Instagram and visual aesthetics
It’s pink, it glitters and it’s perfect on Instagram!
This is the essence of a pink wine made from unicorn tears.
You don’t have to spend more than a few minutes on Instagram to see that food and drink are the perfect format to snag users hungry for a quick visual snack.
Recent studies estimate that the 18-35 age group spends five entire days each year grazing on images of food and moreover, that this practice heavily influences their buying patterns.
This explains the fevered rush of both companies and marketers to tether fickle consumers with images they can relate to and follow on with products that match the fashion and lifestyle trends of the moment.
A wizard of self-promotion
According to noted food stylist Adeline Waugh:
“With all the things that are going on in the world at the moment, people just want to play with their food, or look at a picture of food that is brightly coloured, happy and fun.”
Thus the Spanish producer of Unicorn Tears has exploited the social media trend for highly-coloured food and harnessed the phenomenon known as ‘millennial pink’ to garner user attention. From unicorn renditions of pizza, sushi, smoothies and cupcakes, pink food accounts for about 54,150 of the #millennial photos with another 30,000 hashtagged to #pinkfood, making everyone’s newsfeed a lot more colourful.
Many companies in the food sector have added an alter-ego, ‘pink glamour’ version to established product ranges. And keeping the recipe of Unicorn Tears a secret has been an astute marketing move on the part of the producer. Implying that it is made with ‘real’ unicorn tears tells a story and makes a fable of it, adding a magical aura and surrounding it with mystery. Altogether this creates an appealing nostalgia for the millennial age group.
Hence the question: is it better to be popular, or better to be authentic? And how to tell the difference between the two
From an oenological point of view, Unicorn Tears has provoked the indignation of experts and wine cognoscenti alike, because paradoxically, the wine seems to have some of the taste and characteristics of real rosé wines. However, fine rosé wines and the product called Unicorn Tears have little in common with respect to production process, tradition, and the relationship to terroir, bringing the notion of authenticity to the fore.
For a moment let’s put aside the buzz, de-consecrate fashion and ignore labels, all of which have such undeniable impact in the vast world of wine. Instead let’s consider the pedigree of terroir-rooted wine–soil, history, and the tradition for making real wine that has run in the veins of winemakers for generations. These values will outlast momentary popularity and surmount the current vogue for instant fame. And just as surely, Unicorn Tears will be consigned to the oubliettes of millennial memory, when its lack of back story and content become obvious.
It is indeed pink but it’s not rosato
Coming back to Unicorn wine, many articles have described it as a rosé; here’s why it is isn’t one. Unicorns aside, although there is a great deal of confusion about rosé wines, they all have certain production processes in common. For example, Langhe DOC Rosato, made from an indigenous grape variety, is a good illustration of the differences between unicorn tears and a real rosé wine and hence a good reason for unicorn wine to stay shrouded in nebulous mystery on social media.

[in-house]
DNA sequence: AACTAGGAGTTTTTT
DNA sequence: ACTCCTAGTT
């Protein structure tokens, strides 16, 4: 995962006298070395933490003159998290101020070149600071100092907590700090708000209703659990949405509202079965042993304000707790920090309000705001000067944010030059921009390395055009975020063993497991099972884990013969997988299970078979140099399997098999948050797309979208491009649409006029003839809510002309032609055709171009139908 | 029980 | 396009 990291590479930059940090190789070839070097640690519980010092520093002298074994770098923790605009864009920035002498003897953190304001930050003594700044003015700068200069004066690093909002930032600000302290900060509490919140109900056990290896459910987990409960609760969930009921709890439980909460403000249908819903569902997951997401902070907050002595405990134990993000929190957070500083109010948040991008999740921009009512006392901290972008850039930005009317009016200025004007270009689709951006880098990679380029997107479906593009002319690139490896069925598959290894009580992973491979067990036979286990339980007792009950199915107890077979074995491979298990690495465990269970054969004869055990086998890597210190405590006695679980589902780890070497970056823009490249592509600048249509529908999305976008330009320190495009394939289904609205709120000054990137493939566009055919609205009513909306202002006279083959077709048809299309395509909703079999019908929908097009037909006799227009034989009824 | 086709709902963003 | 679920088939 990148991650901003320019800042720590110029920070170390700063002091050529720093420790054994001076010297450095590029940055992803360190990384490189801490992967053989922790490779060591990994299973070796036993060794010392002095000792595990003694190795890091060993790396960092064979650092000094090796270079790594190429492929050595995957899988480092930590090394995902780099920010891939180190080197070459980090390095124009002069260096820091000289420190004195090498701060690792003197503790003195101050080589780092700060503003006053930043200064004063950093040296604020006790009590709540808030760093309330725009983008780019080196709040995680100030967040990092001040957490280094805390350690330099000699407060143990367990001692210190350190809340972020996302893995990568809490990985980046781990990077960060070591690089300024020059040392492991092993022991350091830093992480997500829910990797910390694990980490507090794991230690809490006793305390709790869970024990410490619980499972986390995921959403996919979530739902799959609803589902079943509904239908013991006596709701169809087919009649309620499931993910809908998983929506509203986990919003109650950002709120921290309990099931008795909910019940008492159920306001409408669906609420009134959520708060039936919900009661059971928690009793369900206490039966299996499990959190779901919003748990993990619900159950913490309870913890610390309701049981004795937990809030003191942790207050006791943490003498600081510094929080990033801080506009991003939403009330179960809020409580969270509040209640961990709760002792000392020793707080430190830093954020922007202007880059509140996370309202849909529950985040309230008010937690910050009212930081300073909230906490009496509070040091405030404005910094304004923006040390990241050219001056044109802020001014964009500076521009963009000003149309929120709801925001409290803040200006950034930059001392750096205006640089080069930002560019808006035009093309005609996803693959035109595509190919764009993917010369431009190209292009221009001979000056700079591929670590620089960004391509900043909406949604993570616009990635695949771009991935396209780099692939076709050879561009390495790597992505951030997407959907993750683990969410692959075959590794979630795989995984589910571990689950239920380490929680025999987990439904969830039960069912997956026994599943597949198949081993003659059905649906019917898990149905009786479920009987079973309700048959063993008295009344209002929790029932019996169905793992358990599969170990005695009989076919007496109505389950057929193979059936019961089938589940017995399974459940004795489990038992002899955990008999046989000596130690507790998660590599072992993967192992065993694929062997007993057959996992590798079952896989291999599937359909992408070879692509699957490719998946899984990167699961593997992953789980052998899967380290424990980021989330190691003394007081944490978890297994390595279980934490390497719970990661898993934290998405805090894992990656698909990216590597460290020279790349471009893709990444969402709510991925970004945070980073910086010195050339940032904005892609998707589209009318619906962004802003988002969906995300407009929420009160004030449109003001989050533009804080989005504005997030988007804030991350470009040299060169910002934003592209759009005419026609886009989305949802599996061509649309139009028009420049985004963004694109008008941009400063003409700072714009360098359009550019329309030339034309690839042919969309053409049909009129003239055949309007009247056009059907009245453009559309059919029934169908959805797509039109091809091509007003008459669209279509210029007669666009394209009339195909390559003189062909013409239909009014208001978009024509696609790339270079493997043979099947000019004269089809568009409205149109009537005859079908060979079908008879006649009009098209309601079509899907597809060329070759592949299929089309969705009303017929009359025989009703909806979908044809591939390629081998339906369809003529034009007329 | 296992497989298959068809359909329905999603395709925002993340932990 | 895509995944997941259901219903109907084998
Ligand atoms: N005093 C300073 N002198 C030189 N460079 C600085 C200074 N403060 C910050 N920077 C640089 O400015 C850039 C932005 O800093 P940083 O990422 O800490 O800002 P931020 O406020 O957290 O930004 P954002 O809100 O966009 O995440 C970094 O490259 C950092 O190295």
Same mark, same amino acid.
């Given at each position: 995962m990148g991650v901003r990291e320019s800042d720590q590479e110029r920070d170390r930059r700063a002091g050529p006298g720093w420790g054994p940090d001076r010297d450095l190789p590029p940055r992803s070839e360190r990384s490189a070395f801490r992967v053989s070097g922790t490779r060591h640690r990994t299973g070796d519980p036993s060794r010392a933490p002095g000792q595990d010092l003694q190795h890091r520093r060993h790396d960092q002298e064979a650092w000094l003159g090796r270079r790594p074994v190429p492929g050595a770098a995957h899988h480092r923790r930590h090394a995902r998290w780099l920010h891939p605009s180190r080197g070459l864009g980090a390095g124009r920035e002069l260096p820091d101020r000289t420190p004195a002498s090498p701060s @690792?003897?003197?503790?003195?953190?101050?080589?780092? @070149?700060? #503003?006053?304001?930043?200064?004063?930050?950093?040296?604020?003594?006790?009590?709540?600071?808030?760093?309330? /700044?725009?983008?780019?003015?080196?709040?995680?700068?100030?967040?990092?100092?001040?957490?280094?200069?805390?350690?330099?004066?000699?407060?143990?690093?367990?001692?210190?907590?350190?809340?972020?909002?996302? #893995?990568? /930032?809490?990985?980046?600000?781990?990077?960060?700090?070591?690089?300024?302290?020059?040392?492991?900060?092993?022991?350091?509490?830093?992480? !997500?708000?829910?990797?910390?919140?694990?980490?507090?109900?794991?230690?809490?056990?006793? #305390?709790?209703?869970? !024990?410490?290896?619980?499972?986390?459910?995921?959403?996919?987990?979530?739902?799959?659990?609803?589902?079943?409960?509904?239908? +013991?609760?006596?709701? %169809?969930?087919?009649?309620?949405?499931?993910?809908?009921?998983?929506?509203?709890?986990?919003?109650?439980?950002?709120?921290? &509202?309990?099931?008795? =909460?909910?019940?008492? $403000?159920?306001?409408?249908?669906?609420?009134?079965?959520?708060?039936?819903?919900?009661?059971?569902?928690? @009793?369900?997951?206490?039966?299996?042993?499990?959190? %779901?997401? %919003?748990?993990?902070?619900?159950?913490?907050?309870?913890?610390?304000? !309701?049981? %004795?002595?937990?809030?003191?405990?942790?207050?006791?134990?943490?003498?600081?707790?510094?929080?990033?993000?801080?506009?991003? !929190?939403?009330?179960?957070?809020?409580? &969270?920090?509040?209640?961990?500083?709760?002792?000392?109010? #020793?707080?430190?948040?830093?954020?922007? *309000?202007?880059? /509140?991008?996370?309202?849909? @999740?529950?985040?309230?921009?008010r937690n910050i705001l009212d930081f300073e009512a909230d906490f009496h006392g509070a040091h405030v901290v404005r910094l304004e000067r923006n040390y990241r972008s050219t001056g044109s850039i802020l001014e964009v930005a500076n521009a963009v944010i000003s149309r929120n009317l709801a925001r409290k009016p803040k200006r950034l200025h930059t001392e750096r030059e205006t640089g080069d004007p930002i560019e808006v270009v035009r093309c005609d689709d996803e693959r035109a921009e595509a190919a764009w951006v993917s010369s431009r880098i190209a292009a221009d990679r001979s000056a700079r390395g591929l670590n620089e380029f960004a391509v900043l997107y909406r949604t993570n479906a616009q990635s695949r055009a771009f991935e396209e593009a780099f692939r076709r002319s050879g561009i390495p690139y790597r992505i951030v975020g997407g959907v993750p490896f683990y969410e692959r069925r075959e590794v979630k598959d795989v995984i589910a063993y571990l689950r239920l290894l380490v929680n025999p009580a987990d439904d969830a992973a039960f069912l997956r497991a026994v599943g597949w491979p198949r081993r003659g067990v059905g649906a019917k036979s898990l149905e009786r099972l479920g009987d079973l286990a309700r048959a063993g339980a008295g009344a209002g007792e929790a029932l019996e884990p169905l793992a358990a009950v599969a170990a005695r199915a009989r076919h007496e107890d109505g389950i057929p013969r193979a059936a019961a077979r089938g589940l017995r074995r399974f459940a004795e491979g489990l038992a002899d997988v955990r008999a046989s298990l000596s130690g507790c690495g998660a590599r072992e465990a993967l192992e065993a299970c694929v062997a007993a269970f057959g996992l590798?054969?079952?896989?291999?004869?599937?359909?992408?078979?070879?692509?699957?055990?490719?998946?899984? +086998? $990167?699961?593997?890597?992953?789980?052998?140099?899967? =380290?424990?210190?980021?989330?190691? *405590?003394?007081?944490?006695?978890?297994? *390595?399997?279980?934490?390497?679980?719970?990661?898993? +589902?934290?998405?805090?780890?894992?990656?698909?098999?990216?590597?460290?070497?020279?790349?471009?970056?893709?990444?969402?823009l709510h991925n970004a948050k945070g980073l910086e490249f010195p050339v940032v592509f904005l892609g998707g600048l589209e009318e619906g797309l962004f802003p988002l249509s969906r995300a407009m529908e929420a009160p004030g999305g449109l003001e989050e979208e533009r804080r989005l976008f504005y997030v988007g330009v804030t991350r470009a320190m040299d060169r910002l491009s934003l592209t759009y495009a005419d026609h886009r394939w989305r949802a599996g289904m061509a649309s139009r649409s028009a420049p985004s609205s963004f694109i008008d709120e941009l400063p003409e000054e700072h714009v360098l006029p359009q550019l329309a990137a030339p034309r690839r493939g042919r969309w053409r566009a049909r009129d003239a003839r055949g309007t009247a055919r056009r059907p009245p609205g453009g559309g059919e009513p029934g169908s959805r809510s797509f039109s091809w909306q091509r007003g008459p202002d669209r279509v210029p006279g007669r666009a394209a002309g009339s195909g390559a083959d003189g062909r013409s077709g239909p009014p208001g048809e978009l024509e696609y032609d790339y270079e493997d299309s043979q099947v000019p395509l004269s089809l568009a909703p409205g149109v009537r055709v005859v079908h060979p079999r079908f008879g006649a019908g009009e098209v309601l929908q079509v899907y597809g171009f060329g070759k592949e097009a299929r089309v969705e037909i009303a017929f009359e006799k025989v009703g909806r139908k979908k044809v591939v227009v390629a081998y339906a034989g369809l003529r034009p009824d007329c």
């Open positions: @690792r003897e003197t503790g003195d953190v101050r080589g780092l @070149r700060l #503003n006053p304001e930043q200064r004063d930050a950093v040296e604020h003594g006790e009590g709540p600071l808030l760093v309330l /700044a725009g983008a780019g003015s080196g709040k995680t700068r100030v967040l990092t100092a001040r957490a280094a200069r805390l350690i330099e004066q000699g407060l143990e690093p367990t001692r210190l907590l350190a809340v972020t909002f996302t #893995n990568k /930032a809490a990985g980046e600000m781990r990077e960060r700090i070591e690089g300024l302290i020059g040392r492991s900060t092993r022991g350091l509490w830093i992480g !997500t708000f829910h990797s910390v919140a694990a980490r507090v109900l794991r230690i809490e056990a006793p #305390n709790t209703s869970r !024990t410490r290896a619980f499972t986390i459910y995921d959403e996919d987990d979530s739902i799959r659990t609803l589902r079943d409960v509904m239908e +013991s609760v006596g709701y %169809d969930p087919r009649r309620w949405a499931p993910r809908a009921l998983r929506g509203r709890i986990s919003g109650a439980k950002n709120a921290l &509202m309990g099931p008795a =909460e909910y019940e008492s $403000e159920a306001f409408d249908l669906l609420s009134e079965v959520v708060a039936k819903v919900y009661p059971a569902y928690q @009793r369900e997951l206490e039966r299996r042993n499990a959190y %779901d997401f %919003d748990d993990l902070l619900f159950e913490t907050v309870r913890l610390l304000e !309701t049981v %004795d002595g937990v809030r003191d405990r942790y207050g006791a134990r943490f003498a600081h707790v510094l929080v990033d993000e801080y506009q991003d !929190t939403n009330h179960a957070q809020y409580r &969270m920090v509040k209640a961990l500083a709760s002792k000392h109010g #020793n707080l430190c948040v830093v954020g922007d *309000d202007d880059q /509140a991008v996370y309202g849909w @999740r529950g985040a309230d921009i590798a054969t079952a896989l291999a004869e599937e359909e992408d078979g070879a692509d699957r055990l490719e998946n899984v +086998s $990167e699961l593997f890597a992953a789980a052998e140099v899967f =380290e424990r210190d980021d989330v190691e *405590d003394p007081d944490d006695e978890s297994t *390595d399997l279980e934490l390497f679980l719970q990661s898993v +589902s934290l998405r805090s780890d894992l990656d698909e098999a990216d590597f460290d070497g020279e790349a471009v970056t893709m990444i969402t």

Real rosé wines begin life much like red wine. They begin with black grapes, in this case Nebbiolo, harvested at the end of August and then crushed and macerated for just six hours. The skins have just enough contact with the wine to impart tannins, aroma and polyphenols and rosé’s characteristic pink colour.
A soft pressing then separates skins from the must. The must is then decanted into temperature-controlled tanks for 12 hours and ferments for 20 days at 18°C.
Of all the types of rosé wine–from large and small producers, with different grape varieties, maceration times, geographic origin and other characteristics besides–each has its own perfumes and sensations that make it unique and inimitable.
Let’s compare the technical characteristics of the two wines:
Unicorn Tears Wine
Rosé wine – Langhe DOC Rosato
Can a marketing phenomenon also be authentic?
The maker of Lacrimas de unicorno, a Spanish wine company, admits targeting millennials to bring them closer to the world of wine and in correctly divining their needs and tastes, it has succeeded admirably. Unicorn wine is practically a case history in branding strategy.
For some, the invention of Unicorn Tears is no more than a tactic to generate product interest, but for others, it is an accurate snapshot of a younger, hipper crowd and a good indicator of millennial trends in the drinks industry.
These are ‘design’ consumers: strongly oriented towards product image, up on food trends to keep up follower interest, always on the lookout for strong brands and a powerful message.
These features should prompt all of us–even wine purists who continue to glorify real wine–to recognise that for young people in the age of Instagram all products are construed as experience, and therefore are repositories of values, taste and lifestyle.
Nothing can ever replace the sensations evoked by a glass of good wine–the perfume, the aromas, the unique taste of the terroir and the authenticity of tradition–but it is also true that if Unicorn wine hadn’t been invented we would never have been able to answer this question:
“What colour are a unicorn’s tears?” Pink, obviously.